[QODLink]
Middle East
Syrian army 'laying mines on Lebanese border'
Mines claim attributed to unnamed Lebanese official as eight more Syrians are reportedly killed.
Last Modified: 28 Oct 2011 04:28
Supporters of Syrian President Bashar al-Assad held a huge rally in the city of Latakia [Reuters]

Syrian troops have been accused of planting mines along a region bordering northern Lebanon, according to AFP news agency quoting a Lebanese official.

The official, who refused to be named, said on Thursday that the troops began planting the mines at dawn in an area facing two Lebanese villages - Knaysseh and Al-Hnayder - in a bid to stem weapons smuggling along the porous border.

"A number of Syrian soldiers were also seen deploying on their side of the border, near the Syrian villages of Heet and Buwayt," he said.

Meanwhile, eight people have been killed - five in Homs, two in Deraa and one in Jableh - as the government crackdown continued against anti-government protesters, as per the London-based Syrian Observatory for Human Rights [SOHR].

A 14-year-old boy was among the dead, killed after security forces opened fire in the town of Dael in Deraa province.

The rights group said more than 20 people have been arrested there.

The Local Co-ordination Committees, an activist network on the ground, said security forces entered several towns to the east of Damascus looking for people "on the basis of lists”.

Deraa strike

Security forces on Thursday resorted to what residents said high-handedness and excessive force after residents in Deraa, in southern Syria near the border with Jordan, went on a strike.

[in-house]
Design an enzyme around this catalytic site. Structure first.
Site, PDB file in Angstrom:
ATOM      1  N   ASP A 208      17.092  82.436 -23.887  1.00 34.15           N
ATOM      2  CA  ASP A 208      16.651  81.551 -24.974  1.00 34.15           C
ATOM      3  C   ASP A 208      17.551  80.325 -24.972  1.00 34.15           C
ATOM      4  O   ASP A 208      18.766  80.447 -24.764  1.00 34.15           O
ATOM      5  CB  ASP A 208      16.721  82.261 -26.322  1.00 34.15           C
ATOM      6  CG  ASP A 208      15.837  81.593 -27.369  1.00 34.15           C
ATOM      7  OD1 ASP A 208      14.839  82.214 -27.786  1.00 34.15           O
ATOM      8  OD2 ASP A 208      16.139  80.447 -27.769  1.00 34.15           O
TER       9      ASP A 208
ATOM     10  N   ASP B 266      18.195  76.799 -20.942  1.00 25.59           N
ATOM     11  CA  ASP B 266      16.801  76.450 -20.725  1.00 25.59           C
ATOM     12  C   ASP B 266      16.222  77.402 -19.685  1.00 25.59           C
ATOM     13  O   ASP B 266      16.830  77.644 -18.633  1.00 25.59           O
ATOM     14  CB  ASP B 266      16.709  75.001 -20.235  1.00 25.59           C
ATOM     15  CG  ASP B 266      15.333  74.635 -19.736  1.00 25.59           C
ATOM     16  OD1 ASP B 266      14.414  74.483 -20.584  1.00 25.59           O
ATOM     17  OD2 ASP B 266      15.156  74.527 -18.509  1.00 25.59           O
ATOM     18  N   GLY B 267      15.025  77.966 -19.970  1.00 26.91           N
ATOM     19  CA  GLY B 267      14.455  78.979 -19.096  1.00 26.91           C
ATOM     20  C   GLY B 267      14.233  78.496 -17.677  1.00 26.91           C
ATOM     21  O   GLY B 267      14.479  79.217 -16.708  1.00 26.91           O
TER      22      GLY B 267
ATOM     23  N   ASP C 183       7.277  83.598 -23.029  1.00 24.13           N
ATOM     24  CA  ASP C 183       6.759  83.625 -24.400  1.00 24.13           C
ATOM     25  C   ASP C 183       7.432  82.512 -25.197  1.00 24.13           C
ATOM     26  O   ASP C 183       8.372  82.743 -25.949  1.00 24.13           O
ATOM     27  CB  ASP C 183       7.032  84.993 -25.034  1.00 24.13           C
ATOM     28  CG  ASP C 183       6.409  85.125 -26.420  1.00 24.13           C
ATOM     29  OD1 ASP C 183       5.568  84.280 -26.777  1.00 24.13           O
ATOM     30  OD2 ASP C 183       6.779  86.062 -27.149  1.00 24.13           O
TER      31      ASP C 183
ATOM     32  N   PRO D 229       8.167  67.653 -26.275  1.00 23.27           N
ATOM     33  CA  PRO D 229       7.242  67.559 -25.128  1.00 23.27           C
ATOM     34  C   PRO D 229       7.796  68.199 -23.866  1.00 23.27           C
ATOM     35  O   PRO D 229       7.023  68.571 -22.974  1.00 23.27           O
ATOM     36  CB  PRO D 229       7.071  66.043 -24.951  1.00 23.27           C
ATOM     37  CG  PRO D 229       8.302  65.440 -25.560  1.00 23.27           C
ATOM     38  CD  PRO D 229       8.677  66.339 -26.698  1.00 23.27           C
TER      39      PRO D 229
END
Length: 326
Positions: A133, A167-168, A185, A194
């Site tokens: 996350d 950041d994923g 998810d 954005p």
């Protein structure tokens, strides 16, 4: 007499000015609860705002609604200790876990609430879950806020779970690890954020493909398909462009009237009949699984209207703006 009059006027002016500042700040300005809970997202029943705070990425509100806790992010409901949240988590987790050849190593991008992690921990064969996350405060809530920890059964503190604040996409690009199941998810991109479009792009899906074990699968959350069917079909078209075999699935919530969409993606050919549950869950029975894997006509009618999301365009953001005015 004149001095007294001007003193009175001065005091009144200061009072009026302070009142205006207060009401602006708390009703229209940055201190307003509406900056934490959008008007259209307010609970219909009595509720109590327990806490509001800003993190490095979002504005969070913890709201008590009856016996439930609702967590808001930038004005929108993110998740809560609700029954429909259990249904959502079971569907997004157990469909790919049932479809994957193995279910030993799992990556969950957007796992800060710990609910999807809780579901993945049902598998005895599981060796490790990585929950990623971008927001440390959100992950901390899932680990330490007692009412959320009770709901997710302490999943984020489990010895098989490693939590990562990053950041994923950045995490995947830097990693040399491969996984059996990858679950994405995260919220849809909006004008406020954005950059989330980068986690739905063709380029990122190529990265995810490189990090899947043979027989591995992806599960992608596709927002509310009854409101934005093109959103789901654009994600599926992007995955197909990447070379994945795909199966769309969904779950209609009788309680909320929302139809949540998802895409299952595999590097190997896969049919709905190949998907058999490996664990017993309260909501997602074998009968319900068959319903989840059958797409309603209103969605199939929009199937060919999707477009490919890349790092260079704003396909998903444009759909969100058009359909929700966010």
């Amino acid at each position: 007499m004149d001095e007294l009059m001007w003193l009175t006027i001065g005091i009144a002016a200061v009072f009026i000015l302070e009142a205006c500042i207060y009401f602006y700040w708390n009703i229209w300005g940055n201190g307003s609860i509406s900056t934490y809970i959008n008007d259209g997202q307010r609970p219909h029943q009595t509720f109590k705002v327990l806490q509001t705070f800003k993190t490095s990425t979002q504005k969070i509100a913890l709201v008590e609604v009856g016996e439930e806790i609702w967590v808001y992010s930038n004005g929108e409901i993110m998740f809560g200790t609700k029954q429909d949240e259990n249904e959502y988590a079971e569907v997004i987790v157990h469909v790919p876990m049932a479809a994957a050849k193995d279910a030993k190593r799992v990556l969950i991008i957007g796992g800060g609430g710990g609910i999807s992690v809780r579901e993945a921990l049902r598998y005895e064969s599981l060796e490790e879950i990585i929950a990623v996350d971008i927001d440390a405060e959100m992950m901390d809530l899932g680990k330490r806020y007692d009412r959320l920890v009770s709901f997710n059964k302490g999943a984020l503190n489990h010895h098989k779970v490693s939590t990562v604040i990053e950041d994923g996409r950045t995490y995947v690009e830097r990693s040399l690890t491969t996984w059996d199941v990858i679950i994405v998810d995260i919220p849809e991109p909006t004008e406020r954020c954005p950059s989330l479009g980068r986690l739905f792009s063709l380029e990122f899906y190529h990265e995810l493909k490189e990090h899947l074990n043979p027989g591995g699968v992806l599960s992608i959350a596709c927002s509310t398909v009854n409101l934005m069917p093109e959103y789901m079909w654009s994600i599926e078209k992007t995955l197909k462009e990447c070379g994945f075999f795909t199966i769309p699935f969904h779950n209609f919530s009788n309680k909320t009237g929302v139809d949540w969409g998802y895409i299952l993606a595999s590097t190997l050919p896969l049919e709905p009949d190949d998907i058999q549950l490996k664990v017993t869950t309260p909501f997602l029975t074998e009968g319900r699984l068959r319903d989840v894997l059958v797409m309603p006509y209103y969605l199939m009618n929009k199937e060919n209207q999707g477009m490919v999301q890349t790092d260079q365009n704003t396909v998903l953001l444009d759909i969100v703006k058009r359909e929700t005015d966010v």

"Merchants are opening their shops under threat of force. The security forces had smashed shops last night and warned that anyone who does not open will find a security personnel in their shop," Salem Jawabreh, a butcher in the Mahatta area of Deraa, said by telephone.

Spotlight
In-depth coverage of escalating violence across Syria

State television, meanwhile, broadcast images of a huge rally supporting President Bashar al-Assad in the coastal city of Latakia, saying people had shown up to voice their support for Assad's reform programme and their rejection of foreign interference.

The demonstration in Latakia came one day after a similar pro-government rally was held in the capital, Damascus.

Several times since protests broke out in March, Assad has promised reforms, but opponents have said that these were too little too late.

The United Nations says about 3,000 people have been killed since protests began in March, including protesters and members of the security forces.

On the diplomatic front, foreign minister Walid al-Muallem held talks with China's special envoy for the Middle East, who reaffirmed his country's opposition to foreign interference in Syria, Syria's official news agency said.

Source:
Al Jazeera and agencies
Topics in this article
People
Country
City
Organisation
Featured on Al Jazeera
'Justice for All' demonstrations swell across the US over the deaths of African Americans in police encounters.
Six former Guantanamo detainees are now free in Uruguay with some hailing the decision to grant them asylum.
Disproportionately high number of Aboriginal people in prison highlights inequality and marginalisation, critics say.
Nearly half of Canadians have suffered inappropriate advances on the job - and the political arena is no exception.
Featured
Women's rights activists are demanding change after Hanna Lalango, 16, was gang-raped on a bus and left for dead.
Buried in Sweden's northern forest, Sorsele has welcomed many unaccompanied kids who help stabilise a town exodus.
A look at the changing face of North Korea, three years after the death of 'Dear Leader'.
While some fear a Muslim backlash after café killings, solidarity instead appears to be the order of the day.
Victims spared by the deadly disease are reporting blindness and other unexpected post-Ebola health issues.